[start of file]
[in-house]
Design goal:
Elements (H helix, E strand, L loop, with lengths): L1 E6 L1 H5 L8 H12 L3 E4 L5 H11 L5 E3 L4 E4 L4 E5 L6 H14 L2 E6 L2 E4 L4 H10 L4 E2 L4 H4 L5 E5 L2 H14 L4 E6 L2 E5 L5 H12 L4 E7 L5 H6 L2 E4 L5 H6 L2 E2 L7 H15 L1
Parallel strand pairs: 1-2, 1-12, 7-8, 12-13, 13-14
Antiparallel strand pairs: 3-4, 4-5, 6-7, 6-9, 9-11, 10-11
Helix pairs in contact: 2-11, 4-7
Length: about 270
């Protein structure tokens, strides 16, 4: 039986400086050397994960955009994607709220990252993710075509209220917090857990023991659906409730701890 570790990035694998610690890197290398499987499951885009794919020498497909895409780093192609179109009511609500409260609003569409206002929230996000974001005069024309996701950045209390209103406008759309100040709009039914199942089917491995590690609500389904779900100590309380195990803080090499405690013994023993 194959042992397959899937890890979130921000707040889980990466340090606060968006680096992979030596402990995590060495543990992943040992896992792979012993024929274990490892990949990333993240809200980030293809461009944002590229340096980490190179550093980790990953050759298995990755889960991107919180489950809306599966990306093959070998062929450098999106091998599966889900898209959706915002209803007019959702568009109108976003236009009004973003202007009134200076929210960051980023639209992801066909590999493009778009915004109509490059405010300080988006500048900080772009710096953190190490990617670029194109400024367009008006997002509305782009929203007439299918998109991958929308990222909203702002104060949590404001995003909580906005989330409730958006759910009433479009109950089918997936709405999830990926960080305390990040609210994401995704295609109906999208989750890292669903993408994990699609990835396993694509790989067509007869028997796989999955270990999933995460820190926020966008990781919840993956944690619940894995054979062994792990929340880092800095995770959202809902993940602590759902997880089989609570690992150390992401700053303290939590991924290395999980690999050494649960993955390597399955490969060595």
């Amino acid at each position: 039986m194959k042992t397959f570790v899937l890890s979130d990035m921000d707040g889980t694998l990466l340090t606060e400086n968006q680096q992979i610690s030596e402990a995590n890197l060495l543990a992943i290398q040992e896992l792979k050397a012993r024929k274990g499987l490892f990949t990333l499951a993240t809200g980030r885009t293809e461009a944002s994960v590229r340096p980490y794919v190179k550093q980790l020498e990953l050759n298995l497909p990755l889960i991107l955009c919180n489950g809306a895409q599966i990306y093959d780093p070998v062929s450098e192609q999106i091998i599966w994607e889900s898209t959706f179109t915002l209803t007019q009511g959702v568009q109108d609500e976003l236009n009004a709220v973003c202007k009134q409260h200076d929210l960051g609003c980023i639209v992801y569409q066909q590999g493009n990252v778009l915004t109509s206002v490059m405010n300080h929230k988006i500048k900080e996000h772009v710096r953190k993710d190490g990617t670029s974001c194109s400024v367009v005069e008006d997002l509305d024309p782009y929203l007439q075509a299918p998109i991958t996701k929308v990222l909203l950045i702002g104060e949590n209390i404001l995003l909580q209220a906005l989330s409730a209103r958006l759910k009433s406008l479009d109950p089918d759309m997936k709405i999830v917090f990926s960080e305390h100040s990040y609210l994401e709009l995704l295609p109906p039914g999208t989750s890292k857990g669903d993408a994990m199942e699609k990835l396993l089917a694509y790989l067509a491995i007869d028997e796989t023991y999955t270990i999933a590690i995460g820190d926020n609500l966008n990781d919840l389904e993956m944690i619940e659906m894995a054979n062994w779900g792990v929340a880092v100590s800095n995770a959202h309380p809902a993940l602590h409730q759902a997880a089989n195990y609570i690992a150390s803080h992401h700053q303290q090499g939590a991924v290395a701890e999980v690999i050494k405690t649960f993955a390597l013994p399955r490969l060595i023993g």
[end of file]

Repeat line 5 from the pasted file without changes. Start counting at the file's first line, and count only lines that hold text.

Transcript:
Antiparallel strand pairs: 3-4, 4-5, 6-7, 6-9, 9-11, 10-11